How to Navigate New York’s Loft Law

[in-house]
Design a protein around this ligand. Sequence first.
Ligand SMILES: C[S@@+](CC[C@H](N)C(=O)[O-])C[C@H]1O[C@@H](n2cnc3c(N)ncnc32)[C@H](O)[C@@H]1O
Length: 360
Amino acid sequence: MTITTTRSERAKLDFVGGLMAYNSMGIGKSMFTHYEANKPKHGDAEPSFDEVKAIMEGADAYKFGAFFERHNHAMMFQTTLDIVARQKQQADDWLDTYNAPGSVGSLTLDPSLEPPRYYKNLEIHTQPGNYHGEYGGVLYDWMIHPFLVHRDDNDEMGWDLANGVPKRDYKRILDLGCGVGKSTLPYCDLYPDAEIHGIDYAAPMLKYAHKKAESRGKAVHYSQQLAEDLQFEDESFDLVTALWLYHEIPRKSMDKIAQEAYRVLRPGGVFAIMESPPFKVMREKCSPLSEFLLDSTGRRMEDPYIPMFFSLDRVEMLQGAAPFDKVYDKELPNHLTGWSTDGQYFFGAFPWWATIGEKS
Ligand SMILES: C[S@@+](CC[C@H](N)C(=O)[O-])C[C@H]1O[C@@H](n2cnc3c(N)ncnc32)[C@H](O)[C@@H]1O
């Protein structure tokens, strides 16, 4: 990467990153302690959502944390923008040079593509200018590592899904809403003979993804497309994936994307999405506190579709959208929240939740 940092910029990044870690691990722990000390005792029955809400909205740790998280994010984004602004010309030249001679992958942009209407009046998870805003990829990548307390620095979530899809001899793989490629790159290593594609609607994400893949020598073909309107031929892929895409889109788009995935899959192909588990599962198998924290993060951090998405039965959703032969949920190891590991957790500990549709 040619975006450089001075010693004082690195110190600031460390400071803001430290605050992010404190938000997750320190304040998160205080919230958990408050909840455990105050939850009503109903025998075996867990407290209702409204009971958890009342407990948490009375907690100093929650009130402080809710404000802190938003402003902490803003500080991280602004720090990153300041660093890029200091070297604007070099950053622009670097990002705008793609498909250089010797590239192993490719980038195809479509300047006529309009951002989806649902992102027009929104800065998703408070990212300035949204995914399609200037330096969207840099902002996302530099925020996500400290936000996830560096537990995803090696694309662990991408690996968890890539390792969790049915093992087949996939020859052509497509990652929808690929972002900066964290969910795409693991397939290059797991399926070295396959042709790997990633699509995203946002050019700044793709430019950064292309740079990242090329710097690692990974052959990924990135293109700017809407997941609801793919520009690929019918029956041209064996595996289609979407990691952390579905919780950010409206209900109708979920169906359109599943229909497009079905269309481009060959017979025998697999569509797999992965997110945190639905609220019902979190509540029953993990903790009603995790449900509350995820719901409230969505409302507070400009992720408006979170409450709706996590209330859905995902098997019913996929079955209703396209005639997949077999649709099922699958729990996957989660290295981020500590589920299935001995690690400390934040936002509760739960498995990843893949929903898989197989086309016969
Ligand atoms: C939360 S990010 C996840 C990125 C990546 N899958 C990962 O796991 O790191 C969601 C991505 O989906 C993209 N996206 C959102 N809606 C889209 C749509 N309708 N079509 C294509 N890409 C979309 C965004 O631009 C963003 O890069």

If “live-work” sounds more appealing than “co-work,” there are plenty of properties on the market zoned for both business and residential use. (Many fall under New York’s Loft Law, which allows businesses to operate within commercial spaces that have been converted into residences.) At the Morgan Lofts in Murray Hill, a 7,000-square-foot four-bedroom marketed by Ivona Zeler of Corcoran Group Real Estate has a private elevator and a room with a separate entrance, which makes the $12 million property ideal for seeing clients or patients. At 252 West 30th Street, a former apparel factory that is now home to several architects and designers, an 1,800-square-foot three-bedroom with an open floor plan can accommodate multiple employees; it’s asking $2.295 million with Corcoran’s Susan Sears. At 8 Thomas Street in Tribeca (pictured at left), a 2,900-square-foot triplex loft featuring a finished lower level with its own bath and ample space to run a home business is listed for $2.945 million with Stan Ponte, Michael Hanna, and Max Collins of Sotheby’s International Realty. And at Tribeca’s 1 White Street, the sky’s the limit: A gut-renovated 1808 townhouse with a rooftop terrace and five floors can be divvied up any which way, with the added option of retail on the ground and basement levels. Lauren Muss of Douglas Elliman Real Estate has the $8.995 million listing. 

 
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